Multiple segment factorial vignettes in family health interventions

Marilyn J. Coleman, Lawrence H. Ganong, Jacquelyn J. Benson

Research output: Contribution to journalArticlepeer-review

1 Scopus citations


Purpose – Older adults and their families, geriatricians and gerontological practitioners, other health care providers, and social policy makers are invested in finding ways to prevent health and safety problems so that older adults can remain in their homes safely and independently. Family life education and problem-prevention programs designed for older adults are cost-effective ways of trying to avoid or prevent problems before they occur. The purpose of this chapter is to describe the use of multiple segment factorial vignettes as an educational method to promote safety and health. Design – Multiple segment factorial vignettes (MSFVs) are short stories comprised of two to five separate segments. In research, MSFVs have been used to study attitudes, values, beliefs, and behaviors. MSFVs also have potential for use in interventions with individuals, couples, and families. We present an example of the use of MSFVs in an intervention project in which we taught the family members and friends of older adults who lived alone how to use MSFVs in collaborative problemsolving with older adults about maintaining their independence safely in their homes. The MSFV method was easily learned by project participants, readily individualized to fit the situations of older individuals, and the participants enjoyed using them. Findings – MSFVs were effective in changing behaviors and cognitions of older adults. Value – We present issues to consider for practitioners who want to develop and utilize MSFVs in interventions. Examples of MSFVs as interventions are presented and limitations to MSFVs are discussed.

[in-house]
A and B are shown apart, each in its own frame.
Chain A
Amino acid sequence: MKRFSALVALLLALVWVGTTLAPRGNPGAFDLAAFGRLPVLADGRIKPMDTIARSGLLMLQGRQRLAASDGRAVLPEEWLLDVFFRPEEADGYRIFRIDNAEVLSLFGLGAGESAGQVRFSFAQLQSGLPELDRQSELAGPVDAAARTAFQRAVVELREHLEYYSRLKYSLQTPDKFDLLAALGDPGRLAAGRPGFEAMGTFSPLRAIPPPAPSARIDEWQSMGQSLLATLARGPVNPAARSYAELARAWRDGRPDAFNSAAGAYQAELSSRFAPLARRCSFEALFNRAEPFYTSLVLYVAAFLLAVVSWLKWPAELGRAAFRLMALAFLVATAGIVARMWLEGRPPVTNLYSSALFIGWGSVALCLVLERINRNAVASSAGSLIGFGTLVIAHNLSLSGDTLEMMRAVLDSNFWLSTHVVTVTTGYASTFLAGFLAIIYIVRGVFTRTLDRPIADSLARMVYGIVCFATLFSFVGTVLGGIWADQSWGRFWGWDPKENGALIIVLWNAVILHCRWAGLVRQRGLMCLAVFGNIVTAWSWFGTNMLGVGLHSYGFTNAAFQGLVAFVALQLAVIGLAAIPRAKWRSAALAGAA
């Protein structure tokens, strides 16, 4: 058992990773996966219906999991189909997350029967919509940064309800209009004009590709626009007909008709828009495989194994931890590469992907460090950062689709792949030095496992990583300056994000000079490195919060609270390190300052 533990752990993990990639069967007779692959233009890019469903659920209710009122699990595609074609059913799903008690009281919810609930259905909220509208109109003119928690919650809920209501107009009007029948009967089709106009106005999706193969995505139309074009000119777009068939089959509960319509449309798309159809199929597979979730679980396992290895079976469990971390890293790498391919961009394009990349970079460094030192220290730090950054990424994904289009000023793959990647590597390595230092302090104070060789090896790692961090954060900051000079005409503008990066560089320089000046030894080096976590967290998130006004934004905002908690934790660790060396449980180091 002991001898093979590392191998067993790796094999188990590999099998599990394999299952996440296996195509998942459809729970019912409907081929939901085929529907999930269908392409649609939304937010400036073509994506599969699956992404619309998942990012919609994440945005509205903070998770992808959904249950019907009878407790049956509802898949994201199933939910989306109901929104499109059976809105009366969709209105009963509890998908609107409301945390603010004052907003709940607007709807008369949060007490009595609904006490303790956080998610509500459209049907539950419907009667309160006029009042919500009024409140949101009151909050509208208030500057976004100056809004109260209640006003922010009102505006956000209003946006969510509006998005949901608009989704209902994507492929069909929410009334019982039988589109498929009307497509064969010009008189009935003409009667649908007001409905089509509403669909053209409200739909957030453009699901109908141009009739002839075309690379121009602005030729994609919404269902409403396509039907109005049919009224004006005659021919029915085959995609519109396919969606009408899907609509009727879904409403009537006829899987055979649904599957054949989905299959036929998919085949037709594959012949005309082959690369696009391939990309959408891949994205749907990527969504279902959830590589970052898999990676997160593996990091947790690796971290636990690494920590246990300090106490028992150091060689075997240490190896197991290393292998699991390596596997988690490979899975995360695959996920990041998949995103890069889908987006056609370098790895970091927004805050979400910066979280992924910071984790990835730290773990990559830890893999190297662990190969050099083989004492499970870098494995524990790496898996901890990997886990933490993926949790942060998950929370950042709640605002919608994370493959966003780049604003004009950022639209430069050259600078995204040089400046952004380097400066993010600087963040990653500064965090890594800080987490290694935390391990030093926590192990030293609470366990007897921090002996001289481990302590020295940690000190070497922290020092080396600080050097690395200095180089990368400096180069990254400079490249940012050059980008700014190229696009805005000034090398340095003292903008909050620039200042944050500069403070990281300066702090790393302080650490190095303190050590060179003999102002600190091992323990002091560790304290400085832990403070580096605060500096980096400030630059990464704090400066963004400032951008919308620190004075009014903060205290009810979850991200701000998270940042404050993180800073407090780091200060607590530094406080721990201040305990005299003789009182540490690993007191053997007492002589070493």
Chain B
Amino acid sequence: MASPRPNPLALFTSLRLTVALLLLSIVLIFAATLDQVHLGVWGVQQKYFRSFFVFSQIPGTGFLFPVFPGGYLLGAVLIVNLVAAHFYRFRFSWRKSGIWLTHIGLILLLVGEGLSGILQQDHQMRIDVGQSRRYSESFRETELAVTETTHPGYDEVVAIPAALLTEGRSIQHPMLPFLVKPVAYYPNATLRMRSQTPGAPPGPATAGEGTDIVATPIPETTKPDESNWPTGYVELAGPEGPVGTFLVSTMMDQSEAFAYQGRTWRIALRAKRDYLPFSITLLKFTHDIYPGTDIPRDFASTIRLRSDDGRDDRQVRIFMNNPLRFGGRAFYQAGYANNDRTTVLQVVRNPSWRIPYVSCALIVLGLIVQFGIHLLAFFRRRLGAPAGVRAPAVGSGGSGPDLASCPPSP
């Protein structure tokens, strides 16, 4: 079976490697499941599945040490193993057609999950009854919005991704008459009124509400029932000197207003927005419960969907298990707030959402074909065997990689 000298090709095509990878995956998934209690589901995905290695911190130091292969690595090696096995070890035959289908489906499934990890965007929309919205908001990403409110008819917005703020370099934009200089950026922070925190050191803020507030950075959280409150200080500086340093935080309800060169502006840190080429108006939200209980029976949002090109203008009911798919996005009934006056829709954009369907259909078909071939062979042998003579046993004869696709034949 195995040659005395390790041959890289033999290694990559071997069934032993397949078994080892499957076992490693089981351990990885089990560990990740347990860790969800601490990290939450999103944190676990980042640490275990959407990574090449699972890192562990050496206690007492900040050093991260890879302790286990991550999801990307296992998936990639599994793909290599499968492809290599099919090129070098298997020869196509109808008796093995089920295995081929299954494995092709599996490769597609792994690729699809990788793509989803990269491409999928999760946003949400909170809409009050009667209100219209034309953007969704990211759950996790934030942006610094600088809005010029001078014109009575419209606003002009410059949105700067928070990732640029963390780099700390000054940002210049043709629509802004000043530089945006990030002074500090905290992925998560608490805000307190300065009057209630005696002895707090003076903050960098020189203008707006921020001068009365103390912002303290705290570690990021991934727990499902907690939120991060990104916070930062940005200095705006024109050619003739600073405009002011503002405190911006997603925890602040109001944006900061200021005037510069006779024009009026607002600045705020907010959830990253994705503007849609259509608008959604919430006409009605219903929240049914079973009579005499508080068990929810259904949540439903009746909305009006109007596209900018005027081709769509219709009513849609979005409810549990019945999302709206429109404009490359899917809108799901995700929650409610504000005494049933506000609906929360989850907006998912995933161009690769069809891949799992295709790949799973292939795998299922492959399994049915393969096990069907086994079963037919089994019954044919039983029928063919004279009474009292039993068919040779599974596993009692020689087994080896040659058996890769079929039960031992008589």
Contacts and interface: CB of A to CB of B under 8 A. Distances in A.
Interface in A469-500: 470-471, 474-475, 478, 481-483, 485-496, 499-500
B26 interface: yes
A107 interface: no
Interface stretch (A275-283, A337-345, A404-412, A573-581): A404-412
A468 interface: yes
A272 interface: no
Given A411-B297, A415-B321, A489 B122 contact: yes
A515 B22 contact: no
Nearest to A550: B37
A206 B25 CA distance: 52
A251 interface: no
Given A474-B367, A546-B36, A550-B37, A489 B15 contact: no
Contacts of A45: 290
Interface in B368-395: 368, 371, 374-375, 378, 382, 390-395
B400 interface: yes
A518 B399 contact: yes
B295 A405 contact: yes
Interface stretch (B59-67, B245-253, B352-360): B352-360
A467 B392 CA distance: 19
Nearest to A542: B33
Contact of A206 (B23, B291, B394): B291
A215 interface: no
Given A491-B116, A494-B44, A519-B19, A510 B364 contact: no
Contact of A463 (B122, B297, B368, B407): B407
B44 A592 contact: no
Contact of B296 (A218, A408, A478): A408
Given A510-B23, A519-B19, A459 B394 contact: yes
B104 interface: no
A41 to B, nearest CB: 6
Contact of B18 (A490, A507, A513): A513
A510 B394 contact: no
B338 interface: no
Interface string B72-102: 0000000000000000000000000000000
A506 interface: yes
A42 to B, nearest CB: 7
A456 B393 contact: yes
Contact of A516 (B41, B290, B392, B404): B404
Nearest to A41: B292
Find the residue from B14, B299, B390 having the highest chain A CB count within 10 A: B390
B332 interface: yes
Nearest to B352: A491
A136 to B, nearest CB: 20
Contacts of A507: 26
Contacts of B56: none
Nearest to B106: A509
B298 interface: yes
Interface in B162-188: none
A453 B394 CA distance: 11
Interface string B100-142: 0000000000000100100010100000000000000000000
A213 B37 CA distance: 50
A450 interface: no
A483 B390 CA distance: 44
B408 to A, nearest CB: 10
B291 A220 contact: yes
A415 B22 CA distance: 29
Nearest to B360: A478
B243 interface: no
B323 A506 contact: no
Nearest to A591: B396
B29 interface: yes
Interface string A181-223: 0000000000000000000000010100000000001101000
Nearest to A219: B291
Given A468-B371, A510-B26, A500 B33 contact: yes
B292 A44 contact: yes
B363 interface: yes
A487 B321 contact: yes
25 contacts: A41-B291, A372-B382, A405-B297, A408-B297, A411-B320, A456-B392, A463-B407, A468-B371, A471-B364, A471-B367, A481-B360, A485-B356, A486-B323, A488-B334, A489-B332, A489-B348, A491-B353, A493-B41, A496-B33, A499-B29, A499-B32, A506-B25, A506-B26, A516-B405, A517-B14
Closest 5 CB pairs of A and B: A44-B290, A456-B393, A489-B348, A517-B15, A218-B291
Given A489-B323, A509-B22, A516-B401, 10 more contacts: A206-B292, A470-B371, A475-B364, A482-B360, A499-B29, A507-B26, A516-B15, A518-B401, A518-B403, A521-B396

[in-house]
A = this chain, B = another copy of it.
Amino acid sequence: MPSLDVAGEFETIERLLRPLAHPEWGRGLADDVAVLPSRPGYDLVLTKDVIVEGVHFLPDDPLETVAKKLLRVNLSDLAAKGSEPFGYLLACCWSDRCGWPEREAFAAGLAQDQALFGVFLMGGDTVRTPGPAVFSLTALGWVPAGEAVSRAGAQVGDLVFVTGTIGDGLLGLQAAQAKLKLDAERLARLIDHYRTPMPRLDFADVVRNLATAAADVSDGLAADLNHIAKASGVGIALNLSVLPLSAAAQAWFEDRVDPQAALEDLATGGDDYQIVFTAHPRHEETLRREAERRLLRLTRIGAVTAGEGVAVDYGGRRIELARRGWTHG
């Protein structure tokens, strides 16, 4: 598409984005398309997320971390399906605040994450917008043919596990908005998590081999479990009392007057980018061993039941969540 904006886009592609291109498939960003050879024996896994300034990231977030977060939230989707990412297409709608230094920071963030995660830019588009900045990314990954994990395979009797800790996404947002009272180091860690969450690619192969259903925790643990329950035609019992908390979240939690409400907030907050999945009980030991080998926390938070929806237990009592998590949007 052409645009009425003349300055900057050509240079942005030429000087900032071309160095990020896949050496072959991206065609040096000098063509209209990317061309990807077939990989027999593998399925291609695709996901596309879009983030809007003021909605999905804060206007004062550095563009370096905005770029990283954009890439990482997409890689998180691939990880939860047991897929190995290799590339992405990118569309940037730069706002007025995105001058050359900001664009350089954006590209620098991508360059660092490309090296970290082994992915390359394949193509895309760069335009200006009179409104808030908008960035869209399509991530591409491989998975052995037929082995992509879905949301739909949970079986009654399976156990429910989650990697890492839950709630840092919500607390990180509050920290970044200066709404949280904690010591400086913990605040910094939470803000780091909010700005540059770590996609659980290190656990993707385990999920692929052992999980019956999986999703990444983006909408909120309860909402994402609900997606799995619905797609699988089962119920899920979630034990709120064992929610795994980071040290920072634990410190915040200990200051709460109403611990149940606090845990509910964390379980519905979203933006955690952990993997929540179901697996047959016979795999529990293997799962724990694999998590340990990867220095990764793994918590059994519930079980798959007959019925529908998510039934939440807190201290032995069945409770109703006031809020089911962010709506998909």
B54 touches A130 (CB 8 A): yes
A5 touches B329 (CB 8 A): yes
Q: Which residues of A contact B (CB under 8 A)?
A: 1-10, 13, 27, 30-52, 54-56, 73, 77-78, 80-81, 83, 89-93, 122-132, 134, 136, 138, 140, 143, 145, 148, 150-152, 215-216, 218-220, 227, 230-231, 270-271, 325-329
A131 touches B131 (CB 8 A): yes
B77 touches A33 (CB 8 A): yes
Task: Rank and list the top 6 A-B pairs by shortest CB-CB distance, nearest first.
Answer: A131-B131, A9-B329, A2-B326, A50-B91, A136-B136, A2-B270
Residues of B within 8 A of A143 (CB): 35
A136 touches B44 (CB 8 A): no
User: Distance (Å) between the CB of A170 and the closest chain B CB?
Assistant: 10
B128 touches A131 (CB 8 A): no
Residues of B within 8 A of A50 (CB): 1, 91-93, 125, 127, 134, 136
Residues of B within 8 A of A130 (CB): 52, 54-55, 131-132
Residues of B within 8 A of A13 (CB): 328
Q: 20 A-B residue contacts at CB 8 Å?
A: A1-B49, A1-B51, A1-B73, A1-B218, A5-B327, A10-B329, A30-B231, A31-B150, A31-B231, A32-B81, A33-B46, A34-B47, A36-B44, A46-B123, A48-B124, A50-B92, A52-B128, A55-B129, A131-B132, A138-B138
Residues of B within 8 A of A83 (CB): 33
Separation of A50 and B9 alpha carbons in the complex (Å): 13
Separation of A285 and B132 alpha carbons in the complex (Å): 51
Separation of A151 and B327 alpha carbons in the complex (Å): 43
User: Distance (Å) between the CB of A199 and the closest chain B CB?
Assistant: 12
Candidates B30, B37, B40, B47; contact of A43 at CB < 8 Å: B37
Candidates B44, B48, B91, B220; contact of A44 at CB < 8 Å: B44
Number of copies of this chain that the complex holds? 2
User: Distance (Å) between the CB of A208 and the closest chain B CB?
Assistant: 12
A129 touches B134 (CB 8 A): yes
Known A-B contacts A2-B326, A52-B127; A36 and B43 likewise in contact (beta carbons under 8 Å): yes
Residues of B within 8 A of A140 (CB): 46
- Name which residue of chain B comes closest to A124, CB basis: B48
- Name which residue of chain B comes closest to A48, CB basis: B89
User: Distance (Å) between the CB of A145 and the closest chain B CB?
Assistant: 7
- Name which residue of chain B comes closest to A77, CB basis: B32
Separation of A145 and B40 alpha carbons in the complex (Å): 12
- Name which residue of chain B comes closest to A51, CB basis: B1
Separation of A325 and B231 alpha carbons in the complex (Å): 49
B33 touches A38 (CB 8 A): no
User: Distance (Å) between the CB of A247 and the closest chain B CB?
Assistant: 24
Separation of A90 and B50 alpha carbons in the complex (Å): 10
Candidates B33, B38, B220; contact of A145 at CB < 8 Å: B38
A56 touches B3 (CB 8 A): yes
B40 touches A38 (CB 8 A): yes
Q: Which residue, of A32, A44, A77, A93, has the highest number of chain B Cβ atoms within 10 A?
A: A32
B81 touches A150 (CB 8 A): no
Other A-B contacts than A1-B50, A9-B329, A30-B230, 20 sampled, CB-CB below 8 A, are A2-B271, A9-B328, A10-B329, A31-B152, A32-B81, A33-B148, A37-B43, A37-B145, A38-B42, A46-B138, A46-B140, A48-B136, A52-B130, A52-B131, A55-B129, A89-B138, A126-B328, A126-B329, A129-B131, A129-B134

Original languageEnglish
Pages (from-to)285-305
Number of pages21
JournalContemporary Perspectives in Family Research
StatePublished - 2014


  • Family interventions
  • Older adults


Dive into the research topics of 'Multiple segment factorial vignettes in family health interventions'. Together they form a unique fingerprint.

Cite this